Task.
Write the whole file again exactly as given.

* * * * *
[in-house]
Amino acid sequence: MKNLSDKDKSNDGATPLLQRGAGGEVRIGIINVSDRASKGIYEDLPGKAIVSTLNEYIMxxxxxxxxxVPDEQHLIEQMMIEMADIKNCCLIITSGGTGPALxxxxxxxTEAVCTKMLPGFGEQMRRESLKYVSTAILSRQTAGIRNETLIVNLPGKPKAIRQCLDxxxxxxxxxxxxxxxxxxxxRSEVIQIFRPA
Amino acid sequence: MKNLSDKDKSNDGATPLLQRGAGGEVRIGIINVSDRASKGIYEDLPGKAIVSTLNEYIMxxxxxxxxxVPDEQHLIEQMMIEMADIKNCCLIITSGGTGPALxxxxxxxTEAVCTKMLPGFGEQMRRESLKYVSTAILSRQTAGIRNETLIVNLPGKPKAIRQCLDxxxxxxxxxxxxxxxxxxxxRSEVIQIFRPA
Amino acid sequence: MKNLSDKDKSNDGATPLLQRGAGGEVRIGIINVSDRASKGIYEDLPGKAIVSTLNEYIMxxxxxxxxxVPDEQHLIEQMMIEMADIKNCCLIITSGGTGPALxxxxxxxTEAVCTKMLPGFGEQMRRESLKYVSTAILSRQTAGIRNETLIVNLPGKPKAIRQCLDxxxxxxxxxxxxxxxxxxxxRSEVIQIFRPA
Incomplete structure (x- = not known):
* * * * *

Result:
[in-house]
Amino acid sequence: MKNLSDKDKSNDGATPLLQRGAGGEVRIGIINVSDRASKGIYEDLPGKAIVSTLNEYIMxxxxxxxxxVPDEQHLIEQMMIEMADIKNCCLIITSGGTGPALxxxxxxxTEAVCTKMLPGFGEQMRRESLKYVSTAILSRQTAGIRNETLIVNLPGKPKAIRQCLDxxxxxxxxxxxxxxxxxxxxRSEVIQIFRPA
Amino acid sequence: MKNLSDKDKSNDGATPLLQRGAGGEVRIGIINVSDRASKGIYEDLPGKAIVSTLNEYIMxxxxxxxxxVPDEQHLIEQMMIEMADIKNCCLIITSGGTGPALxxxxxxxTEAVCTKMLPGFGEQMRRESLKYVSTAILSRQTAGIRNETLIVNLPGKPKAIRQCLDxxxxxxxxxxxxxxxxxxxxRSEVIQIFRPA
Amino acid sequence: MKNLSDKDKSNDGATPLLQRGAGGEVRIGIINVSDRASKGIYEDLPGKAIVSTLNEYIMxxxxxxxxxVPDEQHLIEQMMIEMADIKNCCLIITSGGTGPALxxxxxxxTEAVCTKMLPGFGEQMRRESLKYVSTAILSRQTAGIRNETLIVNLPGKPKAIRQCLDxxxxxxxxxxxxxxxxxxxxRSEVIQIFRPA
Incomplete structure (x- = not known):